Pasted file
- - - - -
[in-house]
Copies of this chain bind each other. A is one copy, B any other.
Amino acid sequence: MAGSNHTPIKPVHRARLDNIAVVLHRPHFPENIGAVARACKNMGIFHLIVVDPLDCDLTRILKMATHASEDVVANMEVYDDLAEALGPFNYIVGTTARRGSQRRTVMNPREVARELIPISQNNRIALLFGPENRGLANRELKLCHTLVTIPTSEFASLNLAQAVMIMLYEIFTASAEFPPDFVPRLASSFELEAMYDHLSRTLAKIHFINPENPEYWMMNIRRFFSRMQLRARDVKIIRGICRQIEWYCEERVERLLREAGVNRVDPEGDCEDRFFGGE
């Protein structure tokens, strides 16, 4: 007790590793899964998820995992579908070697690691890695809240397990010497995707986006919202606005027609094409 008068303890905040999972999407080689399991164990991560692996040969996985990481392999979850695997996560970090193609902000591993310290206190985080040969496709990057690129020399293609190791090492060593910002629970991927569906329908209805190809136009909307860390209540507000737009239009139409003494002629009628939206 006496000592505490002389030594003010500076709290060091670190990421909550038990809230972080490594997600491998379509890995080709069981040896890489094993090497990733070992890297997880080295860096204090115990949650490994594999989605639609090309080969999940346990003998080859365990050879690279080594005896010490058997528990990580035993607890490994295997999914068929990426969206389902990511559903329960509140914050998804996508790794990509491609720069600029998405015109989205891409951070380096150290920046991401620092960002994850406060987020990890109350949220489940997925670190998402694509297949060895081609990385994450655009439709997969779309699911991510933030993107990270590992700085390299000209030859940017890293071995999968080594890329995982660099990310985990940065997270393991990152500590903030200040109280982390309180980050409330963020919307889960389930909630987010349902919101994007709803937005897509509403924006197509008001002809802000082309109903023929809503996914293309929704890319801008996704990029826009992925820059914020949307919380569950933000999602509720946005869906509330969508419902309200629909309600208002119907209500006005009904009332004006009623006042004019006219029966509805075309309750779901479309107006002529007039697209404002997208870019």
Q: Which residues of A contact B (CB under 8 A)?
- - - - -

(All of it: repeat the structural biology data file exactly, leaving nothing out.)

[in-house]
Copies of this chain bind each other. A is one copy, B any other.
Amino acid sequence: MAGSNHTPIKPVHRARLDNIAVVLHRPHFPENIGAVARACKNMGIFHLIVVDPLDCDLTRILKMATHASEDVVANMEVYDDLAEALGPFNYIVGTTARRGSQRRTVMNPREVARELIPISQNNRIALLFGPENRGLANRELKLCHTLVTIPTSEFASLNLAQAVMIMLYEIFTASAEFPPDFVPRLASSFELEAMYDHLSRTLAKIHFINPENPEYWMMNIRRFFSRMQLRARDVKIIRGICRQIEWYCEERVERLLREAGVNRVDPEGDCEDRFFGGE
């Protein structure tokens, strides 16, 4: 007790590793899964998820995992579908070697690691890695809240397990010497995707986006919202606005027609094409 008068303890905040999972999407080689399991164990991560692996040969996985990481392999979850695997996560970090193609902000591993310290206190985080040969496709990057690129020399293609190791090492060593910002629970991927569906329908209805190809136009909307860390209540507000737009239009139409003494002629009628939206 006496000592505490002389030594003010500076709290060091670190990421909550038990809230972080490594997600491998379509890995080709069981040896890489094993090497990733070992890297997880080295860096204090115990949650490994594999989605639609090309080969999940346990003998080859365990050879690279080594005896010490058997528990990580035993607890490994295997999914068929990426969206389902990511559903329960509140914050998804996508790794990509491609720069600029998405015109989205891409951070380096150290920046991401620092960002994850406060987020990890109350949220489940997925670190998402694509297949060895081609990385994450655009439709997969779309699911991510933030993107990270590992700085390299000209030859940017890293071995999968080594890329995982660099990310985990940065997270393991990152500590903030200040109280982390309180980050409330963020919307889960389930909630987010349902919101994007709803937005897509509403924006197509008001002809802000082309109903023929809503996914293309929704890319801008996704990029826009992925820059914020949307919380569950933000999602509720946005869906509330969508419902309200629909309600208002119907209500006005009904009332004006009623006042004019006219029966509805075309309750779901479309107006002529007039697209404002997208870019």
Q: Which residues of A contact B (CB under 8 A)?